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tv   Today in Washington  CSPAN  February 23, 2013 2:00am-6:00am EST

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when we bring urgency to any discussion it is a constructive thing to do. >> there are areas that look at failing states the cia failing state index the committee and had a they play in this? . .
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mary frances berry on booktv on c-span 2.
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>> i'm sure you're more familiar with malcolm knox. at that time, he was always supposedly the man in favor of violence. that wasn't the issue. he did support the right of
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armed self-defense, but he didn't promote progressive violence. malcolm x said power against power. we are not going to convince the right segregationists to accept. we have to build our own four saves until they have no choice but to recognize their demands and that's power. and he called this black nationalism. he built a whole ideology about it. that's black pride. it meant economies of black communities, the northern ghetto, so to speak should be run by blacks instead of absentee white owners. he believes community control of schools. so yes, he believes in black autonomy. he's not an integrationist as such and he said it's up to us, it is our struggle.
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>> taylor branch, author of the multivolume, "america in the king years" presents his thoughts on key moments in the civil rights movement. this is about an hour and 15 minutes. >> thank you, mr. hill. i've been here before. i'm glad to be back and now glad to be back talking about something that has been a subject dear to me for my whole life and is inescapable now that i'm getting older, that it is my life's work and i am glad for it. this is another round. i'm going to take more questions tonight. going to say provocative things about what i think this history is significant and about this
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project itself, which is a little odd to spend 24 years writing a 2300 page trilogy and commodity years later with 190 page book. a lot of people who have read some of the other ones think it's probably not true, that i'm not capable of writing something this brief. i assure you that i did. there is blood on the floor of my office because it's about eliminating or setting aside 95% of what i worked so hard to produce. in the interest of finding them is failing apart in the original language and 18 moments that i thought could reintroduce, nmr compact form, the major element, and is a large kerry is dear to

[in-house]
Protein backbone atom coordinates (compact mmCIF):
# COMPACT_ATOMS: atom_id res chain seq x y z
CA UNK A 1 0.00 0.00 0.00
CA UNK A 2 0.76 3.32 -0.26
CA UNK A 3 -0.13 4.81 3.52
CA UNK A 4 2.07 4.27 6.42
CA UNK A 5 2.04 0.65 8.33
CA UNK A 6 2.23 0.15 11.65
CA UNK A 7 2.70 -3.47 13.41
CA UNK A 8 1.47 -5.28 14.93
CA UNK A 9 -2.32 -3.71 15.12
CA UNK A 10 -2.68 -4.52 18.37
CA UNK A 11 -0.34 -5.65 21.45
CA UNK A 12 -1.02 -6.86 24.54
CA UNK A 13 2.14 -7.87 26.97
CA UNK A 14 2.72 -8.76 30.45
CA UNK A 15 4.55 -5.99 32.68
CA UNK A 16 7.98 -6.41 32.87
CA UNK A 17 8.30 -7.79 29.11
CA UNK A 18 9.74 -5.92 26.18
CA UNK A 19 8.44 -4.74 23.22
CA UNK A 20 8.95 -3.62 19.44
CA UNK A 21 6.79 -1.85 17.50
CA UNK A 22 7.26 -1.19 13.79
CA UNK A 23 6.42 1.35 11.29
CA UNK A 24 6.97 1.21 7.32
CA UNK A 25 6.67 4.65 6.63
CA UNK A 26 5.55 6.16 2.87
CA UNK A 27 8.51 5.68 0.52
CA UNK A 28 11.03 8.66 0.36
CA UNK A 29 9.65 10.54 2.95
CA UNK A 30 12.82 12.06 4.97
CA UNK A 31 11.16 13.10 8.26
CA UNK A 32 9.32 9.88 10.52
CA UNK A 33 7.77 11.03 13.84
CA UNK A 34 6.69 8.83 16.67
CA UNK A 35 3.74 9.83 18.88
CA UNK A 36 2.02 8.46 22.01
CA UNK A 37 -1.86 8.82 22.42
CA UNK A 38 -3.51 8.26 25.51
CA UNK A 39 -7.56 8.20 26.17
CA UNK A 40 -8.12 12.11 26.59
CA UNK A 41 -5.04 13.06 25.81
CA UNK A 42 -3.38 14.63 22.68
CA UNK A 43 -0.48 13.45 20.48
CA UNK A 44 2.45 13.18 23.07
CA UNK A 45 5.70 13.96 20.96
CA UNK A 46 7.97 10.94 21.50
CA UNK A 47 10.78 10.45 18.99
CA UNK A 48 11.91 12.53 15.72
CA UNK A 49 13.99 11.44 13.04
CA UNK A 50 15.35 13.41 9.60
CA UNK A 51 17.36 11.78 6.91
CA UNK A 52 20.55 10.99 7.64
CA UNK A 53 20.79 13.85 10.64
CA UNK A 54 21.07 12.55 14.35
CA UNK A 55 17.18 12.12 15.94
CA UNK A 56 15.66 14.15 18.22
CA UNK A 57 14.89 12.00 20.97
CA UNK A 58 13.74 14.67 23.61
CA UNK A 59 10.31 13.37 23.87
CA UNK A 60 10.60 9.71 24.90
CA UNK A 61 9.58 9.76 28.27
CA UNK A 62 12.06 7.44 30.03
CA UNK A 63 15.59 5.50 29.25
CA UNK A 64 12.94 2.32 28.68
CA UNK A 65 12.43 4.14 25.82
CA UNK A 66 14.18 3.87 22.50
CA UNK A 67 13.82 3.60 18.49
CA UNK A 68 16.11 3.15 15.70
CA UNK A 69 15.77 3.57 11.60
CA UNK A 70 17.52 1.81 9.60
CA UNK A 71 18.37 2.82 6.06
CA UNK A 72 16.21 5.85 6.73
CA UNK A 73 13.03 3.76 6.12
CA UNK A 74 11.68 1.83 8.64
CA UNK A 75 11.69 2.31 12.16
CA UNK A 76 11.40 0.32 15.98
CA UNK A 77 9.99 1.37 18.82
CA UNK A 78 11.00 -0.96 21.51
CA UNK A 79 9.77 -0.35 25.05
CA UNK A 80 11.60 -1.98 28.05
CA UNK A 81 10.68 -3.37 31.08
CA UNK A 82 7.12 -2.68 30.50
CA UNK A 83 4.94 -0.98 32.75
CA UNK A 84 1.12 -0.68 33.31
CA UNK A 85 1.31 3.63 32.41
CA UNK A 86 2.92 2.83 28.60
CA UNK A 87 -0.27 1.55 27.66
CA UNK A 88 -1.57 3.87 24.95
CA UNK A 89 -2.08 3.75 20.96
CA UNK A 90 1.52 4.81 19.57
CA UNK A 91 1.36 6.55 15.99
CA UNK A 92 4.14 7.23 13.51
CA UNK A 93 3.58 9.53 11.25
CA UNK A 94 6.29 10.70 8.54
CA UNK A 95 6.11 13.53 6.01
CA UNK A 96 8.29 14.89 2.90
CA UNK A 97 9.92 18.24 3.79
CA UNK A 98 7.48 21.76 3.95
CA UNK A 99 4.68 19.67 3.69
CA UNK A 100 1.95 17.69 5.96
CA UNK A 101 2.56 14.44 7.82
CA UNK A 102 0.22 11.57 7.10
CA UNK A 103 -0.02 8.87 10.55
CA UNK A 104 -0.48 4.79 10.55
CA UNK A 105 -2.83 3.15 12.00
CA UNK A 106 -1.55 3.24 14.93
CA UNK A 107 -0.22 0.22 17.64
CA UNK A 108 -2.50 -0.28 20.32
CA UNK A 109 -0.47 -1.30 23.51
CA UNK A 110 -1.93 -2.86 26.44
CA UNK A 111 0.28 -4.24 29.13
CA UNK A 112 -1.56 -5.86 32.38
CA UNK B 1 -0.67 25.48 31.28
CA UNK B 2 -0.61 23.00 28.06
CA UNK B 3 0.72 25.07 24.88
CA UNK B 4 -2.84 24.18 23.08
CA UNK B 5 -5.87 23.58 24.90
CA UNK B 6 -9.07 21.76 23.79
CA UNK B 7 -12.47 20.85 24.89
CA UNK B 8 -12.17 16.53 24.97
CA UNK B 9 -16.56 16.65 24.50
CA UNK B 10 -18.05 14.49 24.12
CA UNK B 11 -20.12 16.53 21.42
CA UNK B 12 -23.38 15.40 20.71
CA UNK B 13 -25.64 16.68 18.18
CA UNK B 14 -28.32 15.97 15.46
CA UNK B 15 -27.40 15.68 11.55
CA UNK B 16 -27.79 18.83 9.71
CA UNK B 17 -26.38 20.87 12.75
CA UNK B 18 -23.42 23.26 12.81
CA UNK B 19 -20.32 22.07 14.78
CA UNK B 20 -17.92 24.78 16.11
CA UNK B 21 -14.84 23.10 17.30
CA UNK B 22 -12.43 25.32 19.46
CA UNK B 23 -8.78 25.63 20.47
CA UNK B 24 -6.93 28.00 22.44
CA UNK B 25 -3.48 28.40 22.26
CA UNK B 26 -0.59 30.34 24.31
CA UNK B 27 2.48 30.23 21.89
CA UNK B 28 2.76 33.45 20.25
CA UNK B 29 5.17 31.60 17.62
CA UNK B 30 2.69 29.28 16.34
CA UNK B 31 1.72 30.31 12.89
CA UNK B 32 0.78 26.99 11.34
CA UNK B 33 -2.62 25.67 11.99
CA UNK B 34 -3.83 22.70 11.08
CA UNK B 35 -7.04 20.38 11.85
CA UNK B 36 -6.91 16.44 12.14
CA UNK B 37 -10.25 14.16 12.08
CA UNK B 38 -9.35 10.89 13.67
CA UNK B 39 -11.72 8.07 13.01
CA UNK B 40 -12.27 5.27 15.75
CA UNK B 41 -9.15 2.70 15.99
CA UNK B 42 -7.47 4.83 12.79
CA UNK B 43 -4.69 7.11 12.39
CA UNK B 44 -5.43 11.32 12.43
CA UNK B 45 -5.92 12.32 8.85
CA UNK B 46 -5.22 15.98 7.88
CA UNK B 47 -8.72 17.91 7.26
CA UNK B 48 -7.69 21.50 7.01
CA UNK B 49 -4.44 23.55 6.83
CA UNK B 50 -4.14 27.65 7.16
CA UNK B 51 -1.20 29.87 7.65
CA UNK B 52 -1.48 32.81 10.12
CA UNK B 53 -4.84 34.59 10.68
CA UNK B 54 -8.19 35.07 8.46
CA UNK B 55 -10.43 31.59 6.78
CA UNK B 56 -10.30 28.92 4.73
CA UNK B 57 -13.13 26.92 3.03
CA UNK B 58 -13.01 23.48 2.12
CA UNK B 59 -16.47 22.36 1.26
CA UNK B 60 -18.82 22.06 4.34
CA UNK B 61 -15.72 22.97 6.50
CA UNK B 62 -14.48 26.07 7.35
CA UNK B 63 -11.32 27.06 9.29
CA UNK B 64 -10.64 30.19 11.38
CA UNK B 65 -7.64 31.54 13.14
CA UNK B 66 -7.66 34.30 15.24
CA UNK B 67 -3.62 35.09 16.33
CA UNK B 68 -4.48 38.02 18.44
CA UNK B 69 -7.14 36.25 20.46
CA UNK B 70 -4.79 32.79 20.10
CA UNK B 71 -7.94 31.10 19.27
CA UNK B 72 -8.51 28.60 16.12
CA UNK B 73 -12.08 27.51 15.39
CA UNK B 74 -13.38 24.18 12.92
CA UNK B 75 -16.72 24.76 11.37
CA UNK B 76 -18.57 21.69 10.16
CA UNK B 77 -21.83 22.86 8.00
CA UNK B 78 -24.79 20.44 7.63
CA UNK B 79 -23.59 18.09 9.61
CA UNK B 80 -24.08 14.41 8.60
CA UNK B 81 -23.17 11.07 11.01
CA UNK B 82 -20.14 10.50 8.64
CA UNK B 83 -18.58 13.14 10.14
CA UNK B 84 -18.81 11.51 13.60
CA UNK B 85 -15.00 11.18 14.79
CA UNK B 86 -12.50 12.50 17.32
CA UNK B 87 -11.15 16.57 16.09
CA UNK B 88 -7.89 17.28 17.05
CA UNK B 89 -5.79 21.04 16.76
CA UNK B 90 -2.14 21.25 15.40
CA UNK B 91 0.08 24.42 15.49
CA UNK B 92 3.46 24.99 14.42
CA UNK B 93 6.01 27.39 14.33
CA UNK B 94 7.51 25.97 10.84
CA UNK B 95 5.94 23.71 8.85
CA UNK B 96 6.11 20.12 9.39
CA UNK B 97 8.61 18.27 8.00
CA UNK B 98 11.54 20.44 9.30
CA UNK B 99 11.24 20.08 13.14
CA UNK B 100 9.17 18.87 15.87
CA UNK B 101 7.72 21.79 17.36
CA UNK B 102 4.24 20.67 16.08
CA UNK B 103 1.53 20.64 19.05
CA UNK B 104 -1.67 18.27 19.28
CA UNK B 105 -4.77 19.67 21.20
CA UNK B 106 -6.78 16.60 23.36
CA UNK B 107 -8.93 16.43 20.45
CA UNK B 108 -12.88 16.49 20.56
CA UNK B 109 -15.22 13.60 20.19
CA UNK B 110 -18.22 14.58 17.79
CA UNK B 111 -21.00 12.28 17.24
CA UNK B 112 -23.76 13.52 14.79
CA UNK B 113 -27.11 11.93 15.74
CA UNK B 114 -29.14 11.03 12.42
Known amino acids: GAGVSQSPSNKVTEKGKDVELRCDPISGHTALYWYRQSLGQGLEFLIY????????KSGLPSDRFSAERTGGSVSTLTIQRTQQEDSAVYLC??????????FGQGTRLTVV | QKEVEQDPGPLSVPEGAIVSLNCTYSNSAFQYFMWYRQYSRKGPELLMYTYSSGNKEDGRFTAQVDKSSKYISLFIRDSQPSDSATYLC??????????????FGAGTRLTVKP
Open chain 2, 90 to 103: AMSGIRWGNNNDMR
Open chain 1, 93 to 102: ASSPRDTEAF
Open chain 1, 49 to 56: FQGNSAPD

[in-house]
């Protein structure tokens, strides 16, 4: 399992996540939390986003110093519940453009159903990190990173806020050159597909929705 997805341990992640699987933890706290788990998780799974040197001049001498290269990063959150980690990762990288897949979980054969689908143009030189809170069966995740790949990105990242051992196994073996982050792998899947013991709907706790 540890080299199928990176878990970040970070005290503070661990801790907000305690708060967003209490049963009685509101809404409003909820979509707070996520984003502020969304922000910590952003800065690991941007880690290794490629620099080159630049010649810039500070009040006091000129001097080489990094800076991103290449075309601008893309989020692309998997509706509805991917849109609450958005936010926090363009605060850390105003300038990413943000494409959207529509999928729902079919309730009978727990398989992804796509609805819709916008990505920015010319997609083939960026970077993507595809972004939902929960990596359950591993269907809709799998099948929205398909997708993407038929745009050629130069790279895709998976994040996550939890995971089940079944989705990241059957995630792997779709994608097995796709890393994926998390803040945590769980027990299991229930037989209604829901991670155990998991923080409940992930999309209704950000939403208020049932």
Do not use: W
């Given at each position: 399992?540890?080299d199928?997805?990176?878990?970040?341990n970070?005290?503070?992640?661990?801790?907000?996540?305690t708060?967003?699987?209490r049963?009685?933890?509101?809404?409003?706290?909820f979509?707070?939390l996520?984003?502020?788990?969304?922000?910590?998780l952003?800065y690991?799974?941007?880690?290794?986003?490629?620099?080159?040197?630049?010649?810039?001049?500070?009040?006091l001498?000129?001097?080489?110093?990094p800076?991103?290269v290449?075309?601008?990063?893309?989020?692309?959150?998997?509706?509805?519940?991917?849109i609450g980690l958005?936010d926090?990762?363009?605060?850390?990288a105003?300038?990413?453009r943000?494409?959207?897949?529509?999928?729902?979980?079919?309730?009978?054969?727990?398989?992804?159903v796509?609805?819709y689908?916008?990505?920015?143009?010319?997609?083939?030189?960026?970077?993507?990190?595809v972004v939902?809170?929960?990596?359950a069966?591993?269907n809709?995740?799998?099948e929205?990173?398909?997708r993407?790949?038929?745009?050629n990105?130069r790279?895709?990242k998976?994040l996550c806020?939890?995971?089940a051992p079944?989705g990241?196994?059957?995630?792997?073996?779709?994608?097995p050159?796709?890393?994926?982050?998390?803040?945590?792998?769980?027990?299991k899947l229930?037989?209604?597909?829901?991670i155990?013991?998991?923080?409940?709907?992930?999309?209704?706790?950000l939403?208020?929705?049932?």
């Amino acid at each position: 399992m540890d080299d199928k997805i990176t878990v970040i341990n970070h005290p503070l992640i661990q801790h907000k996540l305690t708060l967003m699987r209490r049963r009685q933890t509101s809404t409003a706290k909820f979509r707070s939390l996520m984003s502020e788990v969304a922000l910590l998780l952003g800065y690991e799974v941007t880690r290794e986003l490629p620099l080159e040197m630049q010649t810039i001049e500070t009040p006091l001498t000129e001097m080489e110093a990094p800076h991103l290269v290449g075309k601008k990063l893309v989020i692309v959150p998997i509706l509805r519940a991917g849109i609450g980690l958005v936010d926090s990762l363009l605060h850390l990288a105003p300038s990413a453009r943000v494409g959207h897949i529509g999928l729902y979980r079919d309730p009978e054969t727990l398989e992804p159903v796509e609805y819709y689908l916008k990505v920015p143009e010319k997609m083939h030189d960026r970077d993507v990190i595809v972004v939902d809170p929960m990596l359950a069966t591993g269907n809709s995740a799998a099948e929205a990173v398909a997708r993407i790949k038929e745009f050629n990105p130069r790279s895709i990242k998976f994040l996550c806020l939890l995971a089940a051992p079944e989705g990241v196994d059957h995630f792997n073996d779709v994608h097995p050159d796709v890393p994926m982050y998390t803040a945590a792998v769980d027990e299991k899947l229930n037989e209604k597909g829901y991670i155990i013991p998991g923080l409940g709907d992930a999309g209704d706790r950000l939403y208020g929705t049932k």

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me and i will tonight. i'm still curious myself to people who have lived the whole trilogy. i get a cell the time for people who say they read the whole trilogy every year and i am very grateful. that's an amazing thing. most folks out of bookstores and six months or less. these are still around for 20 something years. they're americans who who won't pick up even a storytelling boat that involves people personally at this more than 800 pages long. which my books are. when my publisher came to me with the challenge to try to have a compact version that would involve making the selections number one, which was hard enough, but then writing new material to summarize what was left out and drop you into each story in a sense to give
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people a sense of the full sweep of an extraordinary transformational era. i accepted it for two reasons. number one, teachers over the years have complained to me that their students relate to storytelling, particularly trying to understand race relations. most of what passes for discussion of race relations in the united states' argument and argument is just people making themselves look good by pretending to discover some thing. taking some sort of morally unassailable point of view and defending it with new labels the new words. we are trained in the last few think analytical words command detail. up largely of race relations, is fools gold when things are really personal. teachers say they couldn't
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assign an 800 page that two high school students. and even a lot of college students. quite frankly, two years ago, i went for a foundation in new york, which makes teaching is available to teach american history. the same in idaho to talk to teachers about the challenges of teaching american history in particular civil rights history. i don't know how many of you have gone to idaho, but i went reluctantly because there's basically no black people in idaho and i didn't know anybody would be interested in it. i was thrilled on one hand that they were intensely interested and they said something that's really obvious, which is something i always say. they said this is not just race relations. this is about fairness.
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this is citizenship, stuff that is really broad. we want to teach this material, but here's the way it is, taylor. on sunday night in idaho, i cooking dinner for my kids and with one hand and googling the internet and a desperate hope that i can find something that has been a storytelling that i can present it to my kids and are you for days they get to communicate the civil rights movement. our textbooks are oatmeal, arguments with dave holland and, deliberately trying to make this history and accessible. i didn't do anything. the institute may not be popular here, but it's a very good organization. [laughter] so we've apologize. anyway, these teachers in idaho